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Bundala National Park is an internationally important wintering ground for migratory water birds in Sri Lanka. Bundala harbors 197 species of birds, the highlight being the greater flamingo, which migrate in large flocks. Bundala was designated a wildlife sanctuary in 1969 and redesignated to a national park on 4 January 1993. In 1991 Bundala became the first wetland to be declared as a Ramsar site in Sri Lanka. In 2005 the national park was designated as a biosphere reserve by UNESCO, the fourth biosphere reserve in Sri Lanka.
coastal wetland. The area mainly underlain with hornblende-biotite gneiss of the eastern Vijayan series. The low country dry zone climate prevails in the area. The area has an average relative humidity of 80%. The national park contains five shallow, brackish lagoons with salt pans in three. They are Bundala lagoon of 520 hectares (2.0 sq mi), Embilikala Lagoon of 430 hectares (1.7 sq mi), Malala Lagoon of 650 hectares (2.5 sq mi), Koholankala lagoon of 390 hectares (1.5 sq mi), and Mahalewaya of 260 hectares (1.0 sq mi). The Koholankala and Mahalewaya are almost totally developed for salt production. The climatic conditions are tropical monsoonal, with a mean annual temperature of 27 °C (81 °F). Annual rainfall ranges from 900–1,300 millimetres (35–51 in), with dry period persists from May to September. The elevation of the park ranges from sea level to 10 metres (33 ft).The park was affected by 2004 Indian Ocean tsunami. Due to protection from sand dunes the park received very little damage.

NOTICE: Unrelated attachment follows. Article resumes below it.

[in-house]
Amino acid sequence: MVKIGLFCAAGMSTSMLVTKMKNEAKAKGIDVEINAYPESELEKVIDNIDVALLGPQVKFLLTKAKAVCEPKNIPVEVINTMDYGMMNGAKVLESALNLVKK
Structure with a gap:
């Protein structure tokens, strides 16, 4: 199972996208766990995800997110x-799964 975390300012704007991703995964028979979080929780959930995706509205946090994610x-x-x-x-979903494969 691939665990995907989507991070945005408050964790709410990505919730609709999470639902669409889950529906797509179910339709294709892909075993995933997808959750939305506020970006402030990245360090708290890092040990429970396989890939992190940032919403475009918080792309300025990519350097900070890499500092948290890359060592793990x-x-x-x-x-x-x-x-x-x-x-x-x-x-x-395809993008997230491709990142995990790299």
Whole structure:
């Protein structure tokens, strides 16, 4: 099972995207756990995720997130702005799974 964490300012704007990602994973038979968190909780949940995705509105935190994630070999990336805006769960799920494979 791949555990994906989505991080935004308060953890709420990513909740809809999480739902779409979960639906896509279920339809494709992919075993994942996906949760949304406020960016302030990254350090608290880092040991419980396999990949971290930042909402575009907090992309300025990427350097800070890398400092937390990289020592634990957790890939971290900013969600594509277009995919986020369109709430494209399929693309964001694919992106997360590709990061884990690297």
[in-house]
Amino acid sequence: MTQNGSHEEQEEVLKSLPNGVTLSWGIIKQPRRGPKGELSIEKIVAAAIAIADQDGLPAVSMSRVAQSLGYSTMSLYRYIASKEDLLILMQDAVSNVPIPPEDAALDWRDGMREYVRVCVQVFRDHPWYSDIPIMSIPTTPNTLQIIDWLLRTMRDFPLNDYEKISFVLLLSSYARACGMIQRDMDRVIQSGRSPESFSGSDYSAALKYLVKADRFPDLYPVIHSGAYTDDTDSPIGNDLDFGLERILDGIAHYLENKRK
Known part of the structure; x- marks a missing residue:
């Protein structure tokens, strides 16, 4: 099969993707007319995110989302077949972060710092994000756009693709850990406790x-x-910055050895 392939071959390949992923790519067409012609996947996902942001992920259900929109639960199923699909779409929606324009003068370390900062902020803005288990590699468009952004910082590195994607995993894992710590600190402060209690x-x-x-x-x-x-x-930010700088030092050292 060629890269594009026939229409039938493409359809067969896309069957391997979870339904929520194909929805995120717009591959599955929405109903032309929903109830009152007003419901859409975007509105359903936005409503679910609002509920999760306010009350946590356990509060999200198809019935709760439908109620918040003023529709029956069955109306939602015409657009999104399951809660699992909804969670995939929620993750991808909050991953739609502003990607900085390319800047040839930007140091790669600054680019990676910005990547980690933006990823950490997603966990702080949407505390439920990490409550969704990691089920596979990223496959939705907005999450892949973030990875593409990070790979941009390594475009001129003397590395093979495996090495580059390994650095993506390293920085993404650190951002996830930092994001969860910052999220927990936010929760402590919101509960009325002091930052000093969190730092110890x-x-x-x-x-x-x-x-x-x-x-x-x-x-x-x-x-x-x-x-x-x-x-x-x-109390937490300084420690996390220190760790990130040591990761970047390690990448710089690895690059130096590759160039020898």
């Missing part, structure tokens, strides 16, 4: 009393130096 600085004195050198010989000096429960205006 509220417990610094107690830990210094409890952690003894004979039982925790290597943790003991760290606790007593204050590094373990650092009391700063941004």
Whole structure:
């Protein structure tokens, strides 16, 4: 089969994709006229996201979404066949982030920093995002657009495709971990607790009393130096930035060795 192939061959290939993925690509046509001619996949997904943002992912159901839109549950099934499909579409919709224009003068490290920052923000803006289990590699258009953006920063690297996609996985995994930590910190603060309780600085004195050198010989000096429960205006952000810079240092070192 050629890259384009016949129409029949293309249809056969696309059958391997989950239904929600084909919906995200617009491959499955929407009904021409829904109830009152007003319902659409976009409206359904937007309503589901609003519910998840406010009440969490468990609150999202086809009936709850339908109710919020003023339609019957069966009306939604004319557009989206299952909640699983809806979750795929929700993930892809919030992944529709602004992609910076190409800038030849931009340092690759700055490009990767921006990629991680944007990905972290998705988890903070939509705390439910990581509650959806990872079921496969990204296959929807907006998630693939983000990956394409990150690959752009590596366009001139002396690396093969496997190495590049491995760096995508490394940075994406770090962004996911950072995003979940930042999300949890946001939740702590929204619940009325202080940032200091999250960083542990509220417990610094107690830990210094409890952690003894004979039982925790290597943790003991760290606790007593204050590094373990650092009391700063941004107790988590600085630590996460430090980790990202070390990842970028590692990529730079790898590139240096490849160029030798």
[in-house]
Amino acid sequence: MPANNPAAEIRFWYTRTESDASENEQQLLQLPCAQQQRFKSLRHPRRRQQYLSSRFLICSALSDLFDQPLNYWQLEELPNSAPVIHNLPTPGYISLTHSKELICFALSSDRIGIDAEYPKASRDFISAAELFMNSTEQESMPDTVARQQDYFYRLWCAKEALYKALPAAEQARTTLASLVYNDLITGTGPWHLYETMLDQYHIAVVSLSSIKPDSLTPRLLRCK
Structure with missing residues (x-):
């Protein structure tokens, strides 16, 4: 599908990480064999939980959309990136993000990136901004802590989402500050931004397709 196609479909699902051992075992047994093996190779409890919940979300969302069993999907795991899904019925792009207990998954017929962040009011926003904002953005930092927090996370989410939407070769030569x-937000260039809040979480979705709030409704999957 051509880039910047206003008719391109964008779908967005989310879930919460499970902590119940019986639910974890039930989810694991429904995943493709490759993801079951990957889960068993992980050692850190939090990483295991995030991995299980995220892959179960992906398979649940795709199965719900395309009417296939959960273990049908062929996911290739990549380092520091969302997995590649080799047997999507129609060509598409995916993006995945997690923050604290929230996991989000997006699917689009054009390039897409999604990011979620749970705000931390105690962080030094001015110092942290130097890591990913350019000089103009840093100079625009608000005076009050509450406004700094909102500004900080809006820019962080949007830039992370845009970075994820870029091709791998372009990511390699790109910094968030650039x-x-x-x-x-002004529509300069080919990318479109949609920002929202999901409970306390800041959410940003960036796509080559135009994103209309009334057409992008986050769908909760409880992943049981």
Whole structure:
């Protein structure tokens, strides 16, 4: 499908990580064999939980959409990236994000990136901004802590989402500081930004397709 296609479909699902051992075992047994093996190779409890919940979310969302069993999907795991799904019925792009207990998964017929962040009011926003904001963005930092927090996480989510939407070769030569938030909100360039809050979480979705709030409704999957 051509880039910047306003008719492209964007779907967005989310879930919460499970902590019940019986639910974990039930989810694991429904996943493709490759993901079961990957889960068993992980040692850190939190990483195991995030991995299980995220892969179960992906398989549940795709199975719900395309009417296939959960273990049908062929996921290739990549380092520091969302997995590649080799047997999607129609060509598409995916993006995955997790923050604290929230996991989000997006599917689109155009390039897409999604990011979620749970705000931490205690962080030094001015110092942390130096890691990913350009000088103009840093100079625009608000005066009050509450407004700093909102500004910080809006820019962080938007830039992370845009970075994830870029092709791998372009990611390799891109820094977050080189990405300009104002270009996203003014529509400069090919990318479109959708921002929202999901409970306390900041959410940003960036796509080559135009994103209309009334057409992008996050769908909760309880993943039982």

I think I saw more wildlife in this park versus the far more popular Yala and Udawalawe National Parks where tourists and locals flock to see the leopards (if they are lucky) and elephants. So not only did I see more species, we had the park to ourselves in peace and quiet without a lot of other noisy safari jeeps to disturb the peace.